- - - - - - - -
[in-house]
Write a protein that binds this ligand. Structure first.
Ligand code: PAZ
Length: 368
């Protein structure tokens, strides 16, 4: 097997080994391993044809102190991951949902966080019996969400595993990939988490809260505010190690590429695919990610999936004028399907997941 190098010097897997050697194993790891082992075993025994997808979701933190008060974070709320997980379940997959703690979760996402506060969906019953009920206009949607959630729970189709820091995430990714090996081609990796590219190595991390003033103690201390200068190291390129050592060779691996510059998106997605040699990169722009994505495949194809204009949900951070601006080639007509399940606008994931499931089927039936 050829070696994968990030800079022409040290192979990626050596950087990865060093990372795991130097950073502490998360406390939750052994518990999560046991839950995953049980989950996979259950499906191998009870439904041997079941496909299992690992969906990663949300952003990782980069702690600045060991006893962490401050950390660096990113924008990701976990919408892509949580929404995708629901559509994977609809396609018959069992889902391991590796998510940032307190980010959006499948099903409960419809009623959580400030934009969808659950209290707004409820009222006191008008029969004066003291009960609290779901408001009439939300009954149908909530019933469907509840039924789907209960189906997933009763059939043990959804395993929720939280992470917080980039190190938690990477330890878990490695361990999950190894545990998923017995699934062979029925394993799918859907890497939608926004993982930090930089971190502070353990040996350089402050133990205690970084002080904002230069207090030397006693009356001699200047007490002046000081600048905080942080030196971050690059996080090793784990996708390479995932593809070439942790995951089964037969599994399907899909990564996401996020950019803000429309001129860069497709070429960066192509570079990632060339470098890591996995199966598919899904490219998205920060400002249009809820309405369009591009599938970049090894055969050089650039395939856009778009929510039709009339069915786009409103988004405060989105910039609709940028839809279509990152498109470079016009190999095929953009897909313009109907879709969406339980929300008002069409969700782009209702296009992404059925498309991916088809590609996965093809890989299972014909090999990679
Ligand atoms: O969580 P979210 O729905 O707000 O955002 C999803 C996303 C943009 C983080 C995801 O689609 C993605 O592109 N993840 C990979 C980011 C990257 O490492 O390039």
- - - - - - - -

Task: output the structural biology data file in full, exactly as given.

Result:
[in-house]
Write a protein that binds this ligand. Structure first.
Ligand code: PAZ
Length: 368
């Protein structure tokens, strides 16, 4: 097997080994391993044809102190991951949902966080019996969400595993990939988490809260505010190690590429695919990610999936004028399907997941 190098010097897997050697194993790891082992075993025994997808979701933190008060974070709320997980379940997959703690979760996402506060969906019953009920206009949607959630729970189709820091995430990714090996081609990796590219190595991390003033103690201390200068190291390129050592060779691996510059998106997605040699990169722009994505495949194809204009949900951070601006080639007509399940606008994931499931089927039936 050829070696994968990030800079022409040290192979990626050596950087990865060093990372795991130097950073502490998360406390939750052994518990999560046991839950995953049980989950996979259950499906191998009870439904041997079941496909299992690992969906990663949300952003990782980069702690600045060991006893962490401050950390660096990113924008990701976990919408892509949580929404995708629901559509994977609809396609018959069992889902391991590796998510940032307190980010959006499948099903409960419809009623959580400030934009969808659950209290707004409820009222006191008008029969004066003291009960609290779901408001009439939300009954149908909530019933469907509840039924789907209960189906997933009763059939043990959804395993929720939280992470917080980039190190938690990477330890878990490695361990999950190894545990998923017995699934062979029925394993799918859907890497939608926004993982930090930089971190502070353990040996350089402050133990205690970084002080904002230069207090030397006693009356001699200047007490002046000081600048905080942080030196971050690059996080090793784990996708390479995932593809070439942790995951089964037969599994399907899909990564996401996020950019803000429309001129860069497709070429960066192509570079990632060339470098890591996995199966598919899904490219998205920060400002249009809820309405369009591009599938970049090894055969050089650039395939856009778009929510039709009339069915786009409103988004405060989105910039609709940028839809279509990152498109470079016009190999095929953009897909313009109907879709969406339980929300008002069409969700782009209702296009992404059925498309991916088809590609996965093809890989299972014909090999990679
Ligand atoms: O969580 P979210 O729905 O707000 O955002 C999803 C996303 C943009 C983080 C995801 O689609 C993605 O592109 N993840 C990979 C980011 C990257 O490492 O390039």